It’s taken me quite a few years to actually get my hands on this book. I was first aware of The Gift of Rain in 2008 (it was shortlisted for the Booker in 2007, but I don’t think I gave it much thought then), when my family and I travelled to Penang for my cousin’s wedding (her husband’s family is from Penang – and boy did they know where all the good food was!). We decided to tour the Cheong Fatt Tze Mansion (there are some great photos on this blog), a gorgeous late 19th century two-storey courtyard house painted a startling blue. At the end of the rather interesting architectural and historical tour, one of the participants asked the guide if this were indeed the book mentioned in The Gift of Rain. I can’t quite remember what his reply was but it was in the positive, for Tan does mention the Cheong Fatt Tze Mansion in his book (unfortunately I had to return the book before I remembered to take note of when that is). It isn’t the coastal mansion that the Huttons live in, but is mentioned as La Maison Bleu.

Anyway, I’ve been sitting on this review for a couple of weeks now, so the news that Tan Twan Eng’s The Garden of Evening Mists was recently shortlisted for the 2012 Man Booker Prize was that kick that I needed. Apparently his latest book is set in Cameron Highlands, which my mum tells me we visited when I was really young, so I’m looking forward to getting my hands on it (I’m hold number 5 at my library).

This review was first posted on my blog Olduvai Reads ( )
  olduvai | Jan 19, 2016 |
The Gift of Rain by Tan Twan Eng was written before the enchanting, five star Garden of Evening Mists, and it features the same type of hypnotic, poetic language that graced the latter. Protagonist Philip Hutton is the son of an English widower and Chinese mother who fell in love and defied local constraints. He has lived on the Malaysia island of Penang his entire life, including during its WWII Japanese occupation, and is now in his 70s. One night a woman around his age, Michiko, shows up at his home, wishing to discuss his life with his mentor and martial arts instructor Endo-san, a man she loved. Philip opens up to her, and we learn of his difficulties as a mixed-race child, and how Endo-san brought meaning and clarity to his life.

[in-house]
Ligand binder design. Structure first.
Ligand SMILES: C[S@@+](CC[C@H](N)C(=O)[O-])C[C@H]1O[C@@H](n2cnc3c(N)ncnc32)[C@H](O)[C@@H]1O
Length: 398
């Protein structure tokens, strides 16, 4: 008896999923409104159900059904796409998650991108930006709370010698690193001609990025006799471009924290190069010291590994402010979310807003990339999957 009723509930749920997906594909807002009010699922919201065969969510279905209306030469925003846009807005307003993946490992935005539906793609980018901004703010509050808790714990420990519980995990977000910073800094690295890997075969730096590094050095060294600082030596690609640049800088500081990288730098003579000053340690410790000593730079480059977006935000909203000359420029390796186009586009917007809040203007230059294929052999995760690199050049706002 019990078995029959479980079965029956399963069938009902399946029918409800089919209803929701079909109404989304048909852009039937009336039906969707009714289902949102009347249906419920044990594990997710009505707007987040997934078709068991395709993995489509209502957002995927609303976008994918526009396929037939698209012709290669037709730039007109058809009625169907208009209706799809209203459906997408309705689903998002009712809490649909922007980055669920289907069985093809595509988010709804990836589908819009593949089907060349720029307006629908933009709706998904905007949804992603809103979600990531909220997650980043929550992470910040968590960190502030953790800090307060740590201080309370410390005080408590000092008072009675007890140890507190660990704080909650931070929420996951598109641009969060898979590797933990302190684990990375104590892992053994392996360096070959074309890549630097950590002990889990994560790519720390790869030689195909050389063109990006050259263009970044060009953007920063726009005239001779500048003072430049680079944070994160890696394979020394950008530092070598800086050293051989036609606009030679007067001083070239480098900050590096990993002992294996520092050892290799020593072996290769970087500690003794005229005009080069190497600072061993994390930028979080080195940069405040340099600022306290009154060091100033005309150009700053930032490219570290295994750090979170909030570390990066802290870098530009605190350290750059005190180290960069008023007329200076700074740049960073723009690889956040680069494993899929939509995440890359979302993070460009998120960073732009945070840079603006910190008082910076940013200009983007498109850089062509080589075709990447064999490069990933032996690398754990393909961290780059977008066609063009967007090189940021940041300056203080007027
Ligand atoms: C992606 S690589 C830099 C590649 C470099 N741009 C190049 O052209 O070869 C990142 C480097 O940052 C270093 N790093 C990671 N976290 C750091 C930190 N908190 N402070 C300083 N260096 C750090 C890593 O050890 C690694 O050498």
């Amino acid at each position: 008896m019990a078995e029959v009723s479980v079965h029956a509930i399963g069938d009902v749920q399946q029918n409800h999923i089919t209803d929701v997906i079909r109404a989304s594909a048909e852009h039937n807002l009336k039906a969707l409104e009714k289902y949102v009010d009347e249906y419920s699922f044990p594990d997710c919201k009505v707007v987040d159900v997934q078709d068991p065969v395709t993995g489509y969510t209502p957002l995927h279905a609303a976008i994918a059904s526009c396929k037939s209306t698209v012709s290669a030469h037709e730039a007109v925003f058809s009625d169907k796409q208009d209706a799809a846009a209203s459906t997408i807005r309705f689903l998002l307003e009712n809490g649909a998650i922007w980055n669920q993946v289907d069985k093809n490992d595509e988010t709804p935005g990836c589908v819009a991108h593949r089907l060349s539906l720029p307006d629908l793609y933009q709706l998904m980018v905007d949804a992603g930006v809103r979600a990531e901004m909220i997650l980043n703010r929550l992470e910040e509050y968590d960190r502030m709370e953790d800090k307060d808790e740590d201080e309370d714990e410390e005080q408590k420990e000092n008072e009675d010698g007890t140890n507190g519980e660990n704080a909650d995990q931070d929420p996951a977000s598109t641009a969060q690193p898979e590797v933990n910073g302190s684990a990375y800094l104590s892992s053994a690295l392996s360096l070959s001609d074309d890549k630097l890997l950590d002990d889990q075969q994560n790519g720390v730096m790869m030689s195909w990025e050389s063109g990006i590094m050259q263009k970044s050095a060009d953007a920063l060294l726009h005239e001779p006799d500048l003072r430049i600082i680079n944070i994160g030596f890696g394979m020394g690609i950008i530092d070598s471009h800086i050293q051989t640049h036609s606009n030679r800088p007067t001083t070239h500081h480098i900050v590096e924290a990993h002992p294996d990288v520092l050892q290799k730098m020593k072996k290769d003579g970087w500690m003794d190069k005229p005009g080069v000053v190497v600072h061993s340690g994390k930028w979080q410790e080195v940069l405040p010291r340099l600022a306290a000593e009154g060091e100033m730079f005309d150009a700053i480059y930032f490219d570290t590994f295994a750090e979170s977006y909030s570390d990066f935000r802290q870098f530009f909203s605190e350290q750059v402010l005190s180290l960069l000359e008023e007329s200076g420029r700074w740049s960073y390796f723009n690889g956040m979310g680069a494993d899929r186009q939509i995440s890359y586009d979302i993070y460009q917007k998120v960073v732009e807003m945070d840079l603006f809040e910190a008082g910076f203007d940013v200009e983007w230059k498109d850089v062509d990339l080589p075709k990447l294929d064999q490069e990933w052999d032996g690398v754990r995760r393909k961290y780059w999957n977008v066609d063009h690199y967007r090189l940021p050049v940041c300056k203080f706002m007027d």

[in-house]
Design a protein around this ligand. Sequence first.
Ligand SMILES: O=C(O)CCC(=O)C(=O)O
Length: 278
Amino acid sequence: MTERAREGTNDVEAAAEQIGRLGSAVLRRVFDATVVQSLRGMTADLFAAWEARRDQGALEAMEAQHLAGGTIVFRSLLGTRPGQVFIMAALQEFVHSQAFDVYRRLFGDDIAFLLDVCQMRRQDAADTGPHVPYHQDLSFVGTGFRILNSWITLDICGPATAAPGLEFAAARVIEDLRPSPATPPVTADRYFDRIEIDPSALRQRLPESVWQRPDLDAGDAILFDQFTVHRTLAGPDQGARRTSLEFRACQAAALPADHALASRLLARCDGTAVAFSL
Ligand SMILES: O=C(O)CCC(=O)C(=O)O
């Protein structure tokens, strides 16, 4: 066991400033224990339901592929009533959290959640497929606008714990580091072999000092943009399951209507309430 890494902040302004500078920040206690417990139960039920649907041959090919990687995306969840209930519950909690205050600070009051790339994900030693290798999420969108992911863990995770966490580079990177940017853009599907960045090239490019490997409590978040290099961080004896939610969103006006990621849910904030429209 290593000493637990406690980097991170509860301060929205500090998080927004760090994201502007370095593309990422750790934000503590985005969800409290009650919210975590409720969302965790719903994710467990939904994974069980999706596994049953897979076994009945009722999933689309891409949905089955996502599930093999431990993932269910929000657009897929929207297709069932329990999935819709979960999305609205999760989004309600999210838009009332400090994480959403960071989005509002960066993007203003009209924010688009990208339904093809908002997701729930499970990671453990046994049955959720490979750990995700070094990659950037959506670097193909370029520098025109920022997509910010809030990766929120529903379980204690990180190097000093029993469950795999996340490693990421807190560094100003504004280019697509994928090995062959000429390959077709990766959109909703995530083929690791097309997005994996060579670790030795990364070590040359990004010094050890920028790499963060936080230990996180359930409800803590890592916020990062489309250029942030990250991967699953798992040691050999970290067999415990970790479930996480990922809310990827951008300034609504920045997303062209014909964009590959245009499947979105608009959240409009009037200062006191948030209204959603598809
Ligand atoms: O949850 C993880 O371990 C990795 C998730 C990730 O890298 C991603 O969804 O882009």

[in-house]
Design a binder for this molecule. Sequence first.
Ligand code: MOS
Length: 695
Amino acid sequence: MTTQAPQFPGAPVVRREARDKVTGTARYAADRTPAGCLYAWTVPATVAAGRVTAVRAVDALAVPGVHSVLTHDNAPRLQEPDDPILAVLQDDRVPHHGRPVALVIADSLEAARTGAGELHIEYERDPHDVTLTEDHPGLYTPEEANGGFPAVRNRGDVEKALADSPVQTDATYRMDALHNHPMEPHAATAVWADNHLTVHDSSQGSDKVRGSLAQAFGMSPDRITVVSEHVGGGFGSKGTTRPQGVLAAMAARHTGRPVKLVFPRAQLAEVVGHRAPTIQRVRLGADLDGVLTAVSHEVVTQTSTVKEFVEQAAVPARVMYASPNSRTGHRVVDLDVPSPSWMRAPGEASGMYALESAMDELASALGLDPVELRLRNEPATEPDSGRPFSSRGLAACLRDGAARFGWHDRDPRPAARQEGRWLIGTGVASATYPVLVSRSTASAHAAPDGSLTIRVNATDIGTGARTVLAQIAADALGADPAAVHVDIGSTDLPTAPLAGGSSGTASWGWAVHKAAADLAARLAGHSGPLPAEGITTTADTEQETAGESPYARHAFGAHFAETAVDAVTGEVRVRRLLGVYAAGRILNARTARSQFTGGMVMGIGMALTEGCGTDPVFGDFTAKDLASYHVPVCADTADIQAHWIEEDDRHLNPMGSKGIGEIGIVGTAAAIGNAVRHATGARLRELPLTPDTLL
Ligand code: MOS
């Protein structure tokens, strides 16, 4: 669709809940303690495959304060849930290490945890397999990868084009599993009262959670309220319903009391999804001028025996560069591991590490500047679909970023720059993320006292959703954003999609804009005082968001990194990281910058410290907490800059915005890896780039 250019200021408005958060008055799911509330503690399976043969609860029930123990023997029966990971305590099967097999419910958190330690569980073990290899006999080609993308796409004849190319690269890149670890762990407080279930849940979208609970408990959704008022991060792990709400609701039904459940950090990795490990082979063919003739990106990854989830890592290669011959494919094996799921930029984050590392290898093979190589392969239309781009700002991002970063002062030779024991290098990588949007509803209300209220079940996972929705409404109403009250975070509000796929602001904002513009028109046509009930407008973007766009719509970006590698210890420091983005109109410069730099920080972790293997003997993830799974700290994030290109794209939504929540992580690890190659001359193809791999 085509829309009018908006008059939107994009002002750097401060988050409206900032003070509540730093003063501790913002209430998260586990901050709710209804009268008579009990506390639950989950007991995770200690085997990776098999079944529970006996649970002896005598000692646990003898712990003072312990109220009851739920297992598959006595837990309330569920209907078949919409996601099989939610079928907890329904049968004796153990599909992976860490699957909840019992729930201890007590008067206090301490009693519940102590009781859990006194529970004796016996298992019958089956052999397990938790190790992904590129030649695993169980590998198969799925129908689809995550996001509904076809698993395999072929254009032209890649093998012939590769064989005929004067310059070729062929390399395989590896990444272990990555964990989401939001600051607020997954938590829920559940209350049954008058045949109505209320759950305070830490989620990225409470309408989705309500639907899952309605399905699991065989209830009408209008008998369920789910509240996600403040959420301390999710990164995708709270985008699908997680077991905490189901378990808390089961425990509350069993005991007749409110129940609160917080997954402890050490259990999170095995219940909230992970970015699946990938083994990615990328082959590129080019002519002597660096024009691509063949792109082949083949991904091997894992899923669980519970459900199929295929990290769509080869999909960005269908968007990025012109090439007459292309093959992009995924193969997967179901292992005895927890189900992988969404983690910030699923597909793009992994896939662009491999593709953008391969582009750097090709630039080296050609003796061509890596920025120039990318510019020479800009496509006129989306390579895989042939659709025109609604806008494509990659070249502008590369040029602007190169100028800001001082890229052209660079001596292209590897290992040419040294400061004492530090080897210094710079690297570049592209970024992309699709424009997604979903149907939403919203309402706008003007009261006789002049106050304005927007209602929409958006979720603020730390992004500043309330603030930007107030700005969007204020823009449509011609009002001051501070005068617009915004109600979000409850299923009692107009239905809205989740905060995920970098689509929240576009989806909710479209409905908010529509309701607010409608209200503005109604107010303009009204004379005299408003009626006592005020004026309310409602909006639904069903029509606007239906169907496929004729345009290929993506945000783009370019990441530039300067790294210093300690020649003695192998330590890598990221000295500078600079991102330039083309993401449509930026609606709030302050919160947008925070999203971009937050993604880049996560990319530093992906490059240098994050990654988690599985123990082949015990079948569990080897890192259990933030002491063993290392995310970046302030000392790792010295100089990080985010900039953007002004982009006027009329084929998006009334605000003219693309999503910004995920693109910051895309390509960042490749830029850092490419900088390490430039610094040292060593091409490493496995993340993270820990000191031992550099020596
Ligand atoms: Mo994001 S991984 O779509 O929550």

Philip's love for his English and Chinese families, and for the Japanese Endo-san, puts him at an unique central point of tension, and his facility with languages makes him of use to all three communities. How to navigate the WWII occupation and save his families? How to reconcile Endo-san's importance to him with the brutality of the occupiers? “Accept that there are things in this world we can never explain and life will be understandable. That is the irony of life. It is also the beauty of it.”

His martial arts studies with Endo-san are critical to his growth and he learns ways to move people in the direction he desires.

“As with all the principles of aikijutsu, you do not meet the force of the strike head-on. You parry, you step to the side to avoid the blow, your redirect the force and unbalance your opponent. It is the same with the ken, the sword. These principles apply to you daily life as well. Never meet a person’s anger directly. Deflect, distract him, even agree with him. Unbalance his mind, and you can lead him anywhere you want.”

His efforts are not always successful, however. “I had loaded another weight onto his suffering and it hurt me to understand that while one person can never really share the pain of another, they can so easily and so heedlessly add to it.” As you can tell, Philip is a sensitive man trying to reach a higher understanding, often in impossibly difficult circumstances. His fellow villagers variously view him as a hero and a villain, and he is not certain himself which he might be.